Rise and fall of Fenlandia
PUBLISHED: 11:53 09 March 2006 | UPDATED: 14:36 12 May 2010
THE vineyard is another part of the village scene which has disappeared from Post Wobegon together with the post office, stores, and pub. No it wasn't a village amenity, neither am I decrying its demise. With a footpath going through, it cannot be denied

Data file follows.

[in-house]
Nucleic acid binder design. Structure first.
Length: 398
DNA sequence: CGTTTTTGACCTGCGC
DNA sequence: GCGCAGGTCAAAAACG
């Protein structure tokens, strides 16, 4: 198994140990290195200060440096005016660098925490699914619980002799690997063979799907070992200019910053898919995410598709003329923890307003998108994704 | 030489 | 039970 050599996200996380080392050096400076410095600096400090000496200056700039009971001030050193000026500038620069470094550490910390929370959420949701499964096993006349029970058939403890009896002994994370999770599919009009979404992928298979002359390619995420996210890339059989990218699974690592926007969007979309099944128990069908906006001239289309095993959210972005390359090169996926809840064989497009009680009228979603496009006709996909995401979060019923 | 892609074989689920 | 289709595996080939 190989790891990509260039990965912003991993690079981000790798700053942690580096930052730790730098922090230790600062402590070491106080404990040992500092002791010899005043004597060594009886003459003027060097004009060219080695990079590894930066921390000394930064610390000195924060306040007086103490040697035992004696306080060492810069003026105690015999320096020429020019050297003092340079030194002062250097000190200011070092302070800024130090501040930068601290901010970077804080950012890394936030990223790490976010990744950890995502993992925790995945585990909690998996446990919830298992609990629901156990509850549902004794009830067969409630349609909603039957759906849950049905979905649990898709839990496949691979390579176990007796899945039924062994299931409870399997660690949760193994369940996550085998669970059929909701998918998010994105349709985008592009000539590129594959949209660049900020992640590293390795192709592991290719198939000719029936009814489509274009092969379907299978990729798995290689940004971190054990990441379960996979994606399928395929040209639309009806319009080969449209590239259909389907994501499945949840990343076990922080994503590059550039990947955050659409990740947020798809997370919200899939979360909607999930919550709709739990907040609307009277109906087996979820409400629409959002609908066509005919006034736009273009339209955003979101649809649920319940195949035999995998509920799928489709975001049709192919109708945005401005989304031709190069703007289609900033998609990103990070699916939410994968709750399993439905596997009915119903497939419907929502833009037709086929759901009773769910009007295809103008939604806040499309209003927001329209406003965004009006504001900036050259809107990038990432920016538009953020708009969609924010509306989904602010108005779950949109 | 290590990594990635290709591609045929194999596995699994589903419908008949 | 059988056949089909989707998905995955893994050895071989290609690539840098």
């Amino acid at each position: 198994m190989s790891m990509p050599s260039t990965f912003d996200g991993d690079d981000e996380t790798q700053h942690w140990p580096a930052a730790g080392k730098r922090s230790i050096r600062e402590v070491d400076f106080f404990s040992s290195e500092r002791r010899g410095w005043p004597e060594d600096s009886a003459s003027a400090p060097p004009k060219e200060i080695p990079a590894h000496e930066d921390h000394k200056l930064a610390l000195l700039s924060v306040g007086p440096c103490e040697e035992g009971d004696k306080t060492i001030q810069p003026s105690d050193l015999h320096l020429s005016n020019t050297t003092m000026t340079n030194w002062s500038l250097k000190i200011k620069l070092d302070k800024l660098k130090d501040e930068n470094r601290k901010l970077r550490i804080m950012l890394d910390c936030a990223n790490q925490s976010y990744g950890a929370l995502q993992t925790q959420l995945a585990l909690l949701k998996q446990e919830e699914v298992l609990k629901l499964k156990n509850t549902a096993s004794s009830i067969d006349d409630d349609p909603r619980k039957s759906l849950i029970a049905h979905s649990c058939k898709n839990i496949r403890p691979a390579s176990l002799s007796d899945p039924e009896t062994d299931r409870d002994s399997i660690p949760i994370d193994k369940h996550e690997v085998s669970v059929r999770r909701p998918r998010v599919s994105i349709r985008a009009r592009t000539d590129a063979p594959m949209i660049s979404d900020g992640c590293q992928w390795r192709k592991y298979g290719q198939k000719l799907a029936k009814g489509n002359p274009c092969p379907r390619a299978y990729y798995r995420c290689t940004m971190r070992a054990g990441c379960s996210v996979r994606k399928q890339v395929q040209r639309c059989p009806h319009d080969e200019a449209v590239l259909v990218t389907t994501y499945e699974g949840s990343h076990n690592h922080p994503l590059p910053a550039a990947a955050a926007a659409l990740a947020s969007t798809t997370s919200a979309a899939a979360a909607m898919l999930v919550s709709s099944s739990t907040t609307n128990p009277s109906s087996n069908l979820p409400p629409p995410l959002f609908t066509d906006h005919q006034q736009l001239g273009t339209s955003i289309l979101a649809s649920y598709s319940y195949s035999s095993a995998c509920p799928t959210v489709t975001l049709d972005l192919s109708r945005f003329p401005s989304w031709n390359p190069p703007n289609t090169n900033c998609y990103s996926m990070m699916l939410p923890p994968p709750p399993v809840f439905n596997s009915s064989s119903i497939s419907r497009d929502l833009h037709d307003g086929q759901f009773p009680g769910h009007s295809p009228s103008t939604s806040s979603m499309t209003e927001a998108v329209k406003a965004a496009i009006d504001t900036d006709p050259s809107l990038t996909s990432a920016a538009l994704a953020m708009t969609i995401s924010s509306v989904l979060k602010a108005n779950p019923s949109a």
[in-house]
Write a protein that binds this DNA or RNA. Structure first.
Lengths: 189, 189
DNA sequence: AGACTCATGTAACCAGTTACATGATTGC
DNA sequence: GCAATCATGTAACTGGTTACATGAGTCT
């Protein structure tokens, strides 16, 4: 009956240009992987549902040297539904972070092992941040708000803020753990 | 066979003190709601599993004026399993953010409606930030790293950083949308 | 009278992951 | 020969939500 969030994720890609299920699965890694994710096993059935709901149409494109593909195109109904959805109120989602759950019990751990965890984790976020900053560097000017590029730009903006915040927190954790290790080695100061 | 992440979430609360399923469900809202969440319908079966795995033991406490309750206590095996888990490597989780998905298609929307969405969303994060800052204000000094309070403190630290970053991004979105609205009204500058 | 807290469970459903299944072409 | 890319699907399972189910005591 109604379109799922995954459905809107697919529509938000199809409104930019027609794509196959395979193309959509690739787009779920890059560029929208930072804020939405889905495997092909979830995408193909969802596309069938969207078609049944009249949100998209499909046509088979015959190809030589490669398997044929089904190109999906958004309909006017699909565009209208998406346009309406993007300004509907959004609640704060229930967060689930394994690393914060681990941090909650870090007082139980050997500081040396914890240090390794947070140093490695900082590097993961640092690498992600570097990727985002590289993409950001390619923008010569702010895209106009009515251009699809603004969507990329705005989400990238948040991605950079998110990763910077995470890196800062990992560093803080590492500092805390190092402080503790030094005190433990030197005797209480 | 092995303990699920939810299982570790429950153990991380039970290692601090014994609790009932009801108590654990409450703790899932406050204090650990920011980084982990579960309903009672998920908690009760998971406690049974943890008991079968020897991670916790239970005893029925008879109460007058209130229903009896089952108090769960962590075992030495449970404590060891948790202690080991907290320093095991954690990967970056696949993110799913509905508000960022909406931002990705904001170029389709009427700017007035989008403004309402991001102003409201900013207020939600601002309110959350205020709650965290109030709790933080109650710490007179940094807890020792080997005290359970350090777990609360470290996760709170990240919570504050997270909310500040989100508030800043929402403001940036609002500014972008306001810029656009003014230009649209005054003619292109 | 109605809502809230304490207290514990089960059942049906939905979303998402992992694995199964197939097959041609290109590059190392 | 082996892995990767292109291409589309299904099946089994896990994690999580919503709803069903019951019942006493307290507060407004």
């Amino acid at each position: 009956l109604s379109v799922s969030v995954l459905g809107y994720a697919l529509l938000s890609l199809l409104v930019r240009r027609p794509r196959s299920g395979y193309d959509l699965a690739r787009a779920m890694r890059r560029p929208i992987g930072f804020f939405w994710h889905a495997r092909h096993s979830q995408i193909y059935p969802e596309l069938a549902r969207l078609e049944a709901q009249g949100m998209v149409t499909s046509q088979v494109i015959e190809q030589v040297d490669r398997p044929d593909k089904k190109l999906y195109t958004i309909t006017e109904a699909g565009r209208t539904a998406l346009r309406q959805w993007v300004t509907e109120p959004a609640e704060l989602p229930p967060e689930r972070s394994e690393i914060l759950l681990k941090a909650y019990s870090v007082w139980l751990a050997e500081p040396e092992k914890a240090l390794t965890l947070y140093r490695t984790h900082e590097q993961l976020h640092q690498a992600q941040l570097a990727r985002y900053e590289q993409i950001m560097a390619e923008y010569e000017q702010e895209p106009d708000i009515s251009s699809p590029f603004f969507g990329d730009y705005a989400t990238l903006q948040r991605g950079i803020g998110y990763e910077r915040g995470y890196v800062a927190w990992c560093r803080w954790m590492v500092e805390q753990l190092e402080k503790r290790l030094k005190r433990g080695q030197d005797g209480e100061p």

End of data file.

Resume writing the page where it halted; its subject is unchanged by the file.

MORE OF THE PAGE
THE vineyard is another part of the village scene which has disappeared from Post Wobegon together with the post office, stores, and pub. No it wasn't a village amenity, neither am I decrying its demise. With a footpath going through, it cannot be denied that its presence added great interest to village life. In fact, when it was rumoured that there was going to be a vineyard here, it sounded so far fetched as to be ignored as at the time there were few vineyards in England. But rumour became reality when ground preparation began followed by the arrival of the owner's family to plant up the vines. I seem to remember this was circa 1980 and that the first grapes were gathered in 1984. The wine from this crop was apparently a good one. One retail outlet was, of course, at the local post office and stores where in November 1985, Alan, the then proprietor, duly announced the arrival of Chateau Eversden. In June 1986, when Cambridgeshire twinned with L'Herault in the south of France a consignment of the first wine to be produced in the village was among the gifts taken there by the first party of twinning visitors. The hobbyist owner also had a vineyard at Cottenham and the wine from the two vineyards was named Fenlandia. Over the years the vineyard slowly grew as different varieties of grapes were planted. I am not an authority on wine, but I am well aware that each vine requires attention on 17 occasions throughout the season. In those early years before climatic change was a common topic of conversation vast quantities of blue plastic sheeting covered the vineyard either to speed up the ripening process or to prevent damage from late frost early in the season. Indian-type summers would help a grape crop to ripen which would otherwise have been a write off. In later years rows of the infamous cupressus leylandi seen as young trees in the picture, sheltered the vineyard not only almost hiding it from sight, but blotting out the view of the countryside beyond. Some 10 years ago, Tom advertised the vineyard for rent in the hopes that someone else would take it over as a hobby. Meanwhile the cuppresus grew upwards, unchecked. Their presence was not exactly appreciated. In vain, requests were made for their height to be lowered. Time has moved on, the vineyard has been sold to be used as grazing areas. If the cupressus are lowered now there will at last be views of the phone mast that no-one wants to see and if the Cemex proposals for expansion are approved there will be views of a massive cooling tower which all would like to see even less. - Jill Marshall reports from the Eversdens in Village Scene each week in The Crow.
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